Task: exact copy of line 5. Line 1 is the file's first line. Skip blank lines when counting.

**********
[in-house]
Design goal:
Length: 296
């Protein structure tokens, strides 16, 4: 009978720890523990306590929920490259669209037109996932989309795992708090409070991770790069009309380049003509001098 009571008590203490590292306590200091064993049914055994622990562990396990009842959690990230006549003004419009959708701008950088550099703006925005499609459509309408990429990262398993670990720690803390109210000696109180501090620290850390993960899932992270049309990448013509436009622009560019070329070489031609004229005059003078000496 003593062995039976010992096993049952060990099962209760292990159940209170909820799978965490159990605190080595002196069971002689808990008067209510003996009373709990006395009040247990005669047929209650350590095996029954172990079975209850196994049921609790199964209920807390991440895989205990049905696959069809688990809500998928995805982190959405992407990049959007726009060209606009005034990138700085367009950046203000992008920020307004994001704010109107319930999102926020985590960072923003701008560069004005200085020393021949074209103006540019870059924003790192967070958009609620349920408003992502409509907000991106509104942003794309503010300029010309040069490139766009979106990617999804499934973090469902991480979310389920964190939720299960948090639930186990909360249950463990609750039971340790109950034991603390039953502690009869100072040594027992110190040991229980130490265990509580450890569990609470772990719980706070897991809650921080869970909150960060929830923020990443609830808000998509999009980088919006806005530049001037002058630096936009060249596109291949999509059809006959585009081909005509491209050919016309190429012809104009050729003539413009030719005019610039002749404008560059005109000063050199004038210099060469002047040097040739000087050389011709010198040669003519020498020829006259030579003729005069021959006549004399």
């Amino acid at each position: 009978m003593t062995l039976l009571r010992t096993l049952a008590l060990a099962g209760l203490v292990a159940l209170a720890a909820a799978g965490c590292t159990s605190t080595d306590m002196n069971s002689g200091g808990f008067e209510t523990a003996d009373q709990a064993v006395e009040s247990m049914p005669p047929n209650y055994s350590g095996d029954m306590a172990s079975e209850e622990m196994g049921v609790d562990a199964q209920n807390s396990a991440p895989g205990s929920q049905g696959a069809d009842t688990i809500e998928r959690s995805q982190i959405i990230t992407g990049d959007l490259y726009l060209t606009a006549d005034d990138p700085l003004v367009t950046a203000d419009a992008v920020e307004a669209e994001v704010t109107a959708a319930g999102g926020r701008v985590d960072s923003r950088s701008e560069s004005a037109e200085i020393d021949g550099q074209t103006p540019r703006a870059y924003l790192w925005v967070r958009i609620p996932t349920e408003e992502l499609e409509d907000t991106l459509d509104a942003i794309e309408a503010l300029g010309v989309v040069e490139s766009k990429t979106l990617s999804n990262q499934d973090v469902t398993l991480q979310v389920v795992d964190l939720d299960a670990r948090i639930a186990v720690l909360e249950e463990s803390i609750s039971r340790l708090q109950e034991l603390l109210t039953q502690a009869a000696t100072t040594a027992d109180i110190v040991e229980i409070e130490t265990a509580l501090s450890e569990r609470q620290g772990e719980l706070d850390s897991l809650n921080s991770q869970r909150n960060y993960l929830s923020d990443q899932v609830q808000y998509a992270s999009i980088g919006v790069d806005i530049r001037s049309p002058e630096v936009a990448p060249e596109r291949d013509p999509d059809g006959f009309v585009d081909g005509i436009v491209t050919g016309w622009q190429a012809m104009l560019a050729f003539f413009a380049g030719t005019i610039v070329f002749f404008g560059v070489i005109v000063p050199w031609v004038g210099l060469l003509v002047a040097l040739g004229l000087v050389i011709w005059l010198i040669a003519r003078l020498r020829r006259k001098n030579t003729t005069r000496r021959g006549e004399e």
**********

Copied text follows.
């Amino acid at each position: 009978m003593t062995l039976l009571r010992t096993l049952a008590l060990a099962g209760l203490v292990a159940l209170a720890a909820a799978g965490c590292t159990s605190t080595d306590m002196n069971s002689g200091g808990f008067e209510t523990a003996d009373q709990a064993v006395e009040s247990m049914p005669p047929n209650y055994s350590g095996d029954m306590a172990s079975e209850e622990m196994g049921v609790d562990a199964q209920n807390s396990a991440p895989g205990s929920q049905g696959a069809d009842t688990i809500e998928r959690s995805q982190i959405i990230t992407g990049d959007l490259y726009l060209t606009a006549d005034d990138p700085l003004v367009t950046a203000d419009a992008v920020e307004a669209e994001v704010t109107a959708a319930g999102g926020r701008v985590d960072s923003r950088s701008e560069s004005a037109e200085i020393d021949g550099q074209t103006p540019r703006a870059y924003l790192w925005v967070r958009i609620p996932t349920e408003e992502l499609e409509d907000t991106l459509d509104a942003i794309e309408a503010l300029g010309v989309v040069e490139s766009k990429t979106l990617s999804n990262q499934d973090v469902t398993l991480q979310v389920v795992d964190l939720d299960a670990r948090i639930a186990v720690l909360e249950e463990s803390i609750s039971r340790l708090q109950e034991l603390l109210t039953q502690a009869a000696t100072t040594a027992d109180i110190v040991e229980i409070e130490t265990a509580l501090s450890e569990r609470q620290g772990e719980l706070d850390s897991l809650n921080s991770q869970r909150n960060y993960l929830s923020d990443q899932v609830q808000y998509a992270s999009i980088g919006v790069d806005i530049r001037s049309p002058e630096v936009a990448p060249e596109r291949d013509p999509d059809g006959f009309v585009d081909g005509i436009v491209t050919g016309w622009q190429a012809m104009l560019a050729f003539f413009a380049g030719t005019i610039v070329f002749f404008g560059v070489i005109v000063p050199w031609v004038g210099l060469l003509v002047a040097l040739g004229l000087v050389i011709w005059l010198i040669a003519r003078l020498r020829r006259k001098n030579t003729t005069r000496r021959g006549e004399e």